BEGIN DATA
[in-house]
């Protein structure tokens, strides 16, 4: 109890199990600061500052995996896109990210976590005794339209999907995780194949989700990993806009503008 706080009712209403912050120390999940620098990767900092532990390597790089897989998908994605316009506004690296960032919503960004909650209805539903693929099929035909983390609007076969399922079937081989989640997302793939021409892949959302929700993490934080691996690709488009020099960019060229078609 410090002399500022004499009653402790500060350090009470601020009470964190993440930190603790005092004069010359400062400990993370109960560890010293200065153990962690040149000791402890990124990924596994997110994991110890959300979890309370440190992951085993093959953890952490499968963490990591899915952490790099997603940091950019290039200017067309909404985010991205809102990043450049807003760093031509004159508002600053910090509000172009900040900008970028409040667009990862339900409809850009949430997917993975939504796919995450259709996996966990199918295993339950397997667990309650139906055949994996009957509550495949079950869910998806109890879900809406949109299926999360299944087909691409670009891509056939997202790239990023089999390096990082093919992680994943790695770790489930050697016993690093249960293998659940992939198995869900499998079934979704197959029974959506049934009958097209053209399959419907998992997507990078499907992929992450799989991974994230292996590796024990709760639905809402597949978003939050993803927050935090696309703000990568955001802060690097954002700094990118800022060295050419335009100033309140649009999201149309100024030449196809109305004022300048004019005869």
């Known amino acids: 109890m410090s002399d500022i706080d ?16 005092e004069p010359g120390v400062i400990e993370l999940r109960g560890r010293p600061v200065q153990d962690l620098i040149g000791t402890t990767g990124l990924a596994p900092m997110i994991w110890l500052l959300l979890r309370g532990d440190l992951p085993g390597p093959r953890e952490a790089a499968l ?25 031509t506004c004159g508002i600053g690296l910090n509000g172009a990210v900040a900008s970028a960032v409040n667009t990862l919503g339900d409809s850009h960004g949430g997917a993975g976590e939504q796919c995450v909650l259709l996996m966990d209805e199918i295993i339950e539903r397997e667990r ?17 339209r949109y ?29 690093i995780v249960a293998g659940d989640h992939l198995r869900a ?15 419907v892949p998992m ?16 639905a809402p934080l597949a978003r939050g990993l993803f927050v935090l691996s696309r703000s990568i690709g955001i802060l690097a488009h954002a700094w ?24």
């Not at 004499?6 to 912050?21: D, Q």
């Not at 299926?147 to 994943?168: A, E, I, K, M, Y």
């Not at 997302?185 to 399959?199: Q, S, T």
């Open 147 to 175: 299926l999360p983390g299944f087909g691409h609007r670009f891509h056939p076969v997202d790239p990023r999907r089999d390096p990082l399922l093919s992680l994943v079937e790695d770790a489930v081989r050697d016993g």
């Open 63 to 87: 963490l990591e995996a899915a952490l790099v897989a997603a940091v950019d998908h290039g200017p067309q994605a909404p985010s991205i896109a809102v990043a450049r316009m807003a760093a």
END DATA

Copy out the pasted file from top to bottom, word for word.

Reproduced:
[in-house]
């Protein structure tokens, strides 16, 4: 109890199990600061500052995996896109990210976590005794339209999907995780194949989700990993806009503008 706080009712209403912050120390999940620098990767900092532990390597790089897989998908994605316009506004690296960032919503960004909650209805539903693929099929035909983390609007076969399922079937081989989640997302793939021409892949959302929700993490934080691996690709488009020099960019060229078609 410090002399500022004499009653402790500060350090009470601020009470964190993440930190603790005092004069010359400062400990993370109960560890010293200065153990962690040149000791402890990124990924596994997110994991110890959300979890309370440190992951085993093959953890952490499968963490990591899915952490790099997603940091950019290039200017067309909404985010991205809102990043450049807003760093031509004159508002600053910090509000172009900040900008970028409040667009990862339900409809850009949430997917993975939504796919995450259709996996966990199918295993339950397997667990309650139906055949994996009957509550495949079950869910998806109890879900809406949109299926999360299944087909691409670009891509056939997202790239990023089999390096990082093919992680994943790695770790489930050697016993690093249960293998659940992939198995869900499998079934979704197959029974959506049934009958097209053209399959419907998992997507990078499907992929992450799989991974994230292996590796024990709760639905809402597949978003939050993803927050935090696309703000990568955001802060690097954002700094990118800022060295050419335009100033309140649009999201149309100024030449196809109305004022300048004019005869």
């Known amino acids: 109890m410090s002399d500022i706080d ?16 005092e004069p010359g120390v400062i400990e993370l999940r109960g560890r010293p600061v200065q153990d962690l620098i040149g000791t402890t990767g990124l990924a596994p900092m997110i994991w110890l500052l959300l979890r309370g532990d440190l992951p085993g390597p093959r953890e952490a790089a499968l ?25 031509t506004c004159g508002i600053g690296l910090n509000g172009a990210v900040a900008s970028a960032v409040n667009t990862l919503g339900d409809s850009h960004g949430g997917a993975g976590e939504q796919c995450v909650l259709l996996m966990d209805e199918i295993i339950e539903r397997e667990r ?17 339209r949109y ?29 690093i995780v249960a293998g659940d989640h992939l198995r869900a ?15 419907v892949p998992m ?16 639905a809402p934080l597949a978003r939050g990993l993803f927050v935090l691996s696309r703000s990568i690709g955001i802060l690097a488009h954002a700094w ?24």
């Not at 004499?6 to 912050?21: D, Q």
């Not at 299926?147 to 994943?168: A, E, I, K, M, Y």
């Not at 997302?185 to 399959?199: Q, S, T």
């Open 147 to 175: 299926l999360p983390g299944f087909g691409h609007r670009f891509h056939p076969v997202d790239p990023r999907r089999d390096p990082l399922l093919s992680l994943v079937e790695d770790a489930v081989r050697d016993g």
């Open 63 to 87: 963490l990591e995996a899915a952490l790099v897989a997603a940091v950019d998908h290039g200017p067309q994605a909404p985010s991205i896109a809102v990043a450049r316009m807003a760093a």